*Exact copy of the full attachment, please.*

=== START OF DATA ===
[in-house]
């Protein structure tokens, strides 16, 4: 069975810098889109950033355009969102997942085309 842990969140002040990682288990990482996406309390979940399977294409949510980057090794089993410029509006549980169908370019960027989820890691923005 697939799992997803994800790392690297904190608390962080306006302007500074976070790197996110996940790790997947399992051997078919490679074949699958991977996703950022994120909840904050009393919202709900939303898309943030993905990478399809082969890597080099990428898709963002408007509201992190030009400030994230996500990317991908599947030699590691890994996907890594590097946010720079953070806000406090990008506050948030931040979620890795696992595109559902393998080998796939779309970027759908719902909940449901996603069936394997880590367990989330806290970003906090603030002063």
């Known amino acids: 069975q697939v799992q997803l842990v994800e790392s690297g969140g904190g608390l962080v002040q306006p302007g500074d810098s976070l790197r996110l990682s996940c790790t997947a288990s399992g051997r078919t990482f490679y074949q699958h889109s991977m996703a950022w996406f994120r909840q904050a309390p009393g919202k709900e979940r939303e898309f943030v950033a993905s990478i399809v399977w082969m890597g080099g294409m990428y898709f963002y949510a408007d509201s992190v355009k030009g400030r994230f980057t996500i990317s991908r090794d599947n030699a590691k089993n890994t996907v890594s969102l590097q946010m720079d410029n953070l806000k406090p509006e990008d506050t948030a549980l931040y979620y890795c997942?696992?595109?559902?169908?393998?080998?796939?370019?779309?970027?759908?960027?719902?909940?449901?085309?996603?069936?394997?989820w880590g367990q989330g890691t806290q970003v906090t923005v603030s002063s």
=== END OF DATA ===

[in-house]
């Protein structure tokens, strides 16, 4: 069975810098889109950033355009969102997942085309 842990969140002040990682288990990482996406309390979940399977294409949510980057090794089993410029509006549980169908370019960027989820890691923005 697939799992997803994800790392690297904190608390962080306006302007500074976070790197996110996940790790997947399992051997078919490679074949699958991977996703950022994120909840904050009393919202709900939303898309943030993905990478399809082969890597080099990428898709963002408007509201992190030009400030994230996500990317991908599947030699590691890994996907890594590097946010720079953070806000406090990008506050948030931040979620890795696992595109559902393998080998796939779309970027759908719902909940449901996603069936394997880590367990989330806290970003906090603030002063």
């Known amino acids: 069975q697939v799992q997803l842990v994800e790392s690297g969140g904190g608390l962080v002040q306006p302007g500074d810098s976070l790197r996110l990682s996940c790790t997947a288990s399992g051997r078919t990482f490679y074949q699958h889109s991977m996703a950022w996406f994120r909840q904050a309390p009393g919202k709900e979940r939303e898309f943030v950033a993905s990478i399809v399977w082969m890597g080099g294409m990428y898709f963002y949510a408007d509201s992190v355009k030009g400030r994230f980057t996500i990317s991908r090794d599947n030699a590691k089993n890994t996907v890594s969102l590097q946010m720079d410029n953070l806000k406090p509006e990008d506050t948030a549980l931040y979620y890795c997942?696992?595109?559902?169908?393998?080998?796939?370019?779309?970027?759908?960027?719902?909940?449901?085309?996603?069936?394997?989820w880590g367990q989330g890691t806290q970003v906090t923005v603030s002063s």